Cherry Pi


A Raspberry Pi mounted in a Cherry keyboard

Created: 8th April 2016


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Cherry Pi





Introduction

Inspired by the 'RaspCherry Pi', I wanted a more convenient way of using my Raspberry Pi computer. As a fan of BBCs and Amigas (which have all in one designs), I thought I'd have a go at building something similar, which meets my own requirements.

This page just shows off what I've done. It isn't intended as a how-to. Most of this project was put together by cutting bits out, gluing bits in, and seeing if it fits. Quite a bit of trial and error was used, along with a Dremel, and a hot glue gun.

The complete system, turned off

The Keyboard

The keyboard is a Cherry G80-3000, with Cherry MX Blue key switches. These switches are nice to type on, and have a nice positive click. The keyboard itself is built in a cheap and quite flimsy way. This accounts for the price, as it is one of the cheaper mechanical keyboards you can buy. This is an advantage to me as it means it is easy to chop pieces out to make the Pi fit.

Placing the components

The first stage was to place all the components on the keyboard's base plate. I decided what needed to go where, and either drilled or cut out holes. Part of the plastic needed to be removed to make the Pi fit in place. The HDMI port remains on the Pi, and all the other ports are extended, with header connectors added where possible.

I wanted all the ports, including the SD card to be usable (unlike in the project linked to above). The following photo shows the Pi and some of the extender cables in place, with some assorted headers added to the circuit board in place of the original connectors.

The connectors on the back panel are all standard ones available from suppliers such as Rapid Electronics. The only other connector is the Ethernet connector which I removed from the Pi, and glued onto the base plate.

The project as a work in progress.

USB Connections

It is worth noting how I did the USB connections. The Pi has 2 USB ports. One of these is used for the keyboard. The keyboard PCB is wired directly to one of the newly installed USB headers on the Pi. The other USB header is connected to a USB type A port, which is glued into the back panel. This facilitates the connection of a mouse or similar device.

I also wanted to be able to use the keyboard as a normal PC keyboard. Therefore, before reaching the Pi, the keyboard's signals/power pass through two switches. These physically disconnect all four USB wires from the Pi, and pass them through to a USB type B connector on the back panel. This allows the keyboard to be connected to a PC and used as a standalone keyboard.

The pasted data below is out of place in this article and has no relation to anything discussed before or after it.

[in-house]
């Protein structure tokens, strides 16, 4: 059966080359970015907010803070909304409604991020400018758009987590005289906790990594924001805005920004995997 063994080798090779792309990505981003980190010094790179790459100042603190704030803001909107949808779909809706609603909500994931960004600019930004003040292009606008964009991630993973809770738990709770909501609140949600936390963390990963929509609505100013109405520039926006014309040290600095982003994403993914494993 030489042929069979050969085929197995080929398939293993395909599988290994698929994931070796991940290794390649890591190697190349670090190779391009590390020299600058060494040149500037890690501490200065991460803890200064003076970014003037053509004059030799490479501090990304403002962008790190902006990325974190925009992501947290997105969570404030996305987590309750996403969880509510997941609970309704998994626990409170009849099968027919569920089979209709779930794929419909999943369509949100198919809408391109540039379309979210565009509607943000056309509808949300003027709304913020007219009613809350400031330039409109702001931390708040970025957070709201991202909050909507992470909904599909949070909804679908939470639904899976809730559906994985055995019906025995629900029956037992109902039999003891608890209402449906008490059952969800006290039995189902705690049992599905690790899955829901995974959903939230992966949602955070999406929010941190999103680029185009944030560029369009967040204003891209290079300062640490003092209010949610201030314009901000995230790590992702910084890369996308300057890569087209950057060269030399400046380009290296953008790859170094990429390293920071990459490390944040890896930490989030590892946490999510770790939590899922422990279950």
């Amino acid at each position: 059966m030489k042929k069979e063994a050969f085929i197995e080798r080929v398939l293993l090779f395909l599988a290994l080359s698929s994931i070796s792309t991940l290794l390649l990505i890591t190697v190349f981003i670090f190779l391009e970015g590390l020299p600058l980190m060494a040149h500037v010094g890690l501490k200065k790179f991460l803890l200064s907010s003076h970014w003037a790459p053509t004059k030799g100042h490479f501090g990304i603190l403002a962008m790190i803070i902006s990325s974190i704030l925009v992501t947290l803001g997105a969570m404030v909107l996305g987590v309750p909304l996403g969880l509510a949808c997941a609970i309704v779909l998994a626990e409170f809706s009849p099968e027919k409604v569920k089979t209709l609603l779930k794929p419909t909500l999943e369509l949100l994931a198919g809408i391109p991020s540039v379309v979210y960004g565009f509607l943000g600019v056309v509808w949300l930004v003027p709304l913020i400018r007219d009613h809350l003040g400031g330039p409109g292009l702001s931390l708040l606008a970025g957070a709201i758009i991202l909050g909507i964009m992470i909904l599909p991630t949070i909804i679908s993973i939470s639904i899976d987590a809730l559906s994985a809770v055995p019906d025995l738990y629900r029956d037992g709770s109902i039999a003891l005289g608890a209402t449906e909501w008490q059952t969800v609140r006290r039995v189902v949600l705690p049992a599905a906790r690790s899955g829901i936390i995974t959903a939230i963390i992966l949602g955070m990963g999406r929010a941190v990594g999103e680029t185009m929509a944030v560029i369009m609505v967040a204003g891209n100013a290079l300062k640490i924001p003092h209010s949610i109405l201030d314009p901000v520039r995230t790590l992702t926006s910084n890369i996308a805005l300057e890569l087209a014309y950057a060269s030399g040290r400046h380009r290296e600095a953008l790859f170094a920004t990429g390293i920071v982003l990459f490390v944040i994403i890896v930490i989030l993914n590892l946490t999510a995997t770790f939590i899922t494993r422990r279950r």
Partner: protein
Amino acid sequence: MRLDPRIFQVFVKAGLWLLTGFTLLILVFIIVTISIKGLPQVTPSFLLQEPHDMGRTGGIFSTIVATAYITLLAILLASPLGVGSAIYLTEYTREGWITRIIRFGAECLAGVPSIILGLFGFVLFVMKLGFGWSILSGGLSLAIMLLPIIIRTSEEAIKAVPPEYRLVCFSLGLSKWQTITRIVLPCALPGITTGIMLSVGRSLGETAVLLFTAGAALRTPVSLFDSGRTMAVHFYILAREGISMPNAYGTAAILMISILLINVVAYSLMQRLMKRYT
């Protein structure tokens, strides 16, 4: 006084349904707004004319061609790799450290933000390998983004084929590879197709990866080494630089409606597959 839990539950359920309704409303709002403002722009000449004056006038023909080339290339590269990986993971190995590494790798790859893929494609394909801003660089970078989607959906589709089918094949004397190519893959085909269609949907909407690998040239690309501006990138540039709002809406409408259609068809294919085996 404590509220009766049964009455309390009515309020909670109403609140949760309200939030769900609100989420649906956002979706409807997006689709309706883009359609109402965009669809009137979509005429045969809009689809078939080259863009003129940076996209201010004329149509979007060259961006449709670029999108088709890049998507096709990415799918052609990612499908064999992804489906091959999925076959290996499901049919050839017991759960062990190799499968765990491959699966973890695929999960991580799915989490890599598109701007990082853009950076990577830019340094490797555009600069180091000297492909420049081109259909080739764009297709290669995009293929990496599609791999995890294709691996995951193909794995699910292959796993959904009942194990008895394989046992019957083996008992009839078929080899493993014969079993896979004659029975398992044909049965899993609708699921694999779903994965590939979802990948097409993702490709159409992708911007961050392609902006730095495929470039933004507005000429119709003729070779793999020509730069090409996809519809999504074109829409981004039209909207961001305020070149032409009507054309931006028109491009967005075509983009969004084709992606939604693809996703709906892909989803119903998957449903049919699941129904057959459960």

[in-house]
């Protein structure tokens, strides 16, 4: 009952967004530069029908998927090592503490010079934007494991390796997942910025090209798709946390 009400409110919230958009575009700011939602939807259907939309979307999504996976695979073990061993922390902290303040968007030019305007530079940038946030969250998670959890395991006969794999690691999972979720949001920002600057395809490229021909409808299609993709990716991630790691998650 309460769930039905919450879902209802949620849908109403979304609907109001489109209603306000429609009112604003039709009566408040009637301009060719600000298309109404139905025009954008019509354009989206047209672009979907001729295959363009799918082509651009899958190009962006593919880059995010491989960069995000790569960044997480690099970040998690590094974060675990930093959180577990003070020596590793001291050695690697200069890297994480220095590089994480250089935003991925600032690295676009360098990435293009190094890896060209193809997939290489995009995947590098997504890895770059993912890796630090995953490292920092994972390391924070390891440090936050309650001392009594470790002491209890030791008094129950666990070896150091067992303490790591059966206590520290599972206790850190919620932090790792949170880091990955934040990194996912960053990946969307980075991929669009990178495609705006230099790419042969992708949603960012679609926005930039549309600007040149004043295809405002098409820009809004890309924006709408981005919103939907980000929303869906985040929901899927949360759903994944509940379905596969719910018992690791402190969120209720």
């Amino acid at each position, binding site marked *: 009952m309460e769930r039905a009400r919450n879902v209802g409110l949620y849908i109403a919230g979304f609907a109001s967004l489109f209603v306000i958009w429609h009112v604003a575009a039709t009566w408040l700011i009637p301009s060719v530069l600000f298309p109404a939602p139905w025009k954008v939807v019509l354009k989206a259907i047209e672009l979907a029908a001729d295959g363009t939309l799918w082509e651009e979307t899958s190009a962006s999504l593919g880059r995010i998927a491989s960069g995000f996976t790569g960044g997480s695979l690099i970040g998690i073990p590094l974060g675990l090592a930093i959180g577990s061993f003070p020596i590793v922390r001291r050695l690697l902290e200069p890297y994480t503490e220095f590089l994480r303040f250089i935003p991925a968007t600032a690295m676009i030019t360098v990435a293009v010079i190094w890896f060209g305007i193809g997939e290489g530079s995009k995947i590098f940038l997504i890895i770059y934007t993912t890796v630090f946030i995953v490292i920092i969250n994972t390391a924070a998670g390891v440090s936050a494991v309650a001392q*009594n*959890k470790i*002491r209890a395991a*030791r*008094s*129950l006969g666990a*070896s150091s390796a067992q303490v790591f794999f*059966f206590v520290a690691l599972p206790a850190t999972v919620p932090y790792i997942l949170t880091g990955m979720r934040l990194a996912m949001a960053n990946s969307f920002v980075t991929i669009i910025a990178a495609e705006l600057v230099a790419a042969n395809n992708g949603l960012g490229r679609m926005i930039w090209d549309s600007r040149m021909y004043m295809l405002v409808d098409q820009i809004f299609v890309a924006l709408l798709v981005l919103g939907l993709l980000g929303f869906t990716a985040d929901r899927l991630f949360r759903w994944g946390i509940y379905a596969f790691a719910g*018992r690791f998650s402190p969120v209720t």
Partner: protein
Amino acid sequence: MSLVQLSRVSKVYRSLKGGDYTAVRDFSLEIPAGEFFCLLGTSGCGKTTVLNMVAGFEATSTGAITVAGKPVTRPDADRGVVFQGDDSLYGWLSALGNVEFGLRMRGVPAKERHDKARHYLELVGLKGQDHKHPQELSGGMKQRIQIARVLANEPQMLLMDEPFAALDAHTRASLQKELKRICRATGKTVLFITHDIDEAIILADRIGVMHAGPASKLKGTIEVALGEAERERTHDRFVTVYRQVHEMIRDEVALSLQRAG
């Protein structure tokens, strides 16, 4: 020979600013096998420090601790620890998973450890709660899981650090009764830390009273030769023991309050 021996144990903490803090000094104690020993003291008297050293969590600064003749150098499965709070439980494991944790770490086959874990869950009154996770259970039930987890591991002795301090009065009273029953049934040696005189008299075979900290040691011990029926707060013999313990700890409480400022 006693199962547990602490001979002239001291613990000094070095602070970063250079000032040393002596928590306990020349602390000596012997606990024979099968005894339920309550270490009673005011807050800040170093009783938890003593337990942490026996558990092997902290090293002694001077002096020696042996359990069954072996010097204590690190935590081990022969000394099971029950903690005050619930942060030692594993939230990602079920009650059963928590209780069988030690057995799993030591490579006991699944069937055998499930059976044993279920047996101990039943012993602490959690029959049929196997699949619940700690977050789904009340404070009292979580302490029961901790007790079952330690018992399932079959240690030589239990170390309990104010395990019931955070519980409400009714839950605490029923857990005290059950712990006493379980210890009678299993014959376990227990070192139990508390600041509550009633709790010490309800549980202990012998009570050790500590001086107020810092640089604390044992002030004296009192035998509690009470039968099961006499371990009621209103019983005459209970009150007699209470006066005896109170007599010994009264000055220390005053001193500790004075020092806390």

If you are wondering why I used these two switches, its because I had them in stock.

The USB Keyboard connection detail

Audio and Video Connections

Basically, I used some screened cable to connect the panel mounting RCA and Headphone jacks to the Pi board.

Ethernet

I extended the Ethernet port out by using a small piece of ribbon cable, some fudged header connectors, and plenty of hot glue. There was a possibility that this might not work, but it worked fine when I tested it.

The new Ethernet connection

Power and SD Card

I've never seen the point in these USB power supplies. I have a nice benchtop 5V supply from which I power most things, so I attached a panel mounting barrel jack to the case, and used some nice thick wire to carry the power to the Pi board. The wires are connected as shown in the photo.

It was important that the SD card could be accessed easily, without opening the case. This is so the OS and software etc can easily be changed. Removing the SD card socket from the Pi was a bit tricky. It might be better getting a better SD card socket if possible, rather than using the Pi's. I cut a slot in the back for the SD card, soldered some ribbon cable on, and glued it in place.

Power and SD card sockets

Power and SD card wiring

GPIO

The GPIO port is just a standard piece of ribbon cable with standard IDC male and females headers added. The connector is glued onto the back panel.

The Finished Project

Putting it back together:

Nearly done

Left:

Left

Centre:

Centre

Right:

Right

Far Right:

Far Right

Finished Back Panel:

Back Panel

Back Panel

It Works!

Here is the finished project, running RISC OS.

Finished


Cool websites I recommend you should check out:

ClassicAmiga - Your Guide to everything Amiga

Amiga Computing and Retro Gaming

Link to Dave Jones EEVBlog

Electronics Video Blog

Electronics, Solar Power and Metrology

Old-School Game Blog

Other links:

The Aussie Space Time Traveller

E-Maculation - Macintosh Emulation

EEWeb - Electrical Engineering Community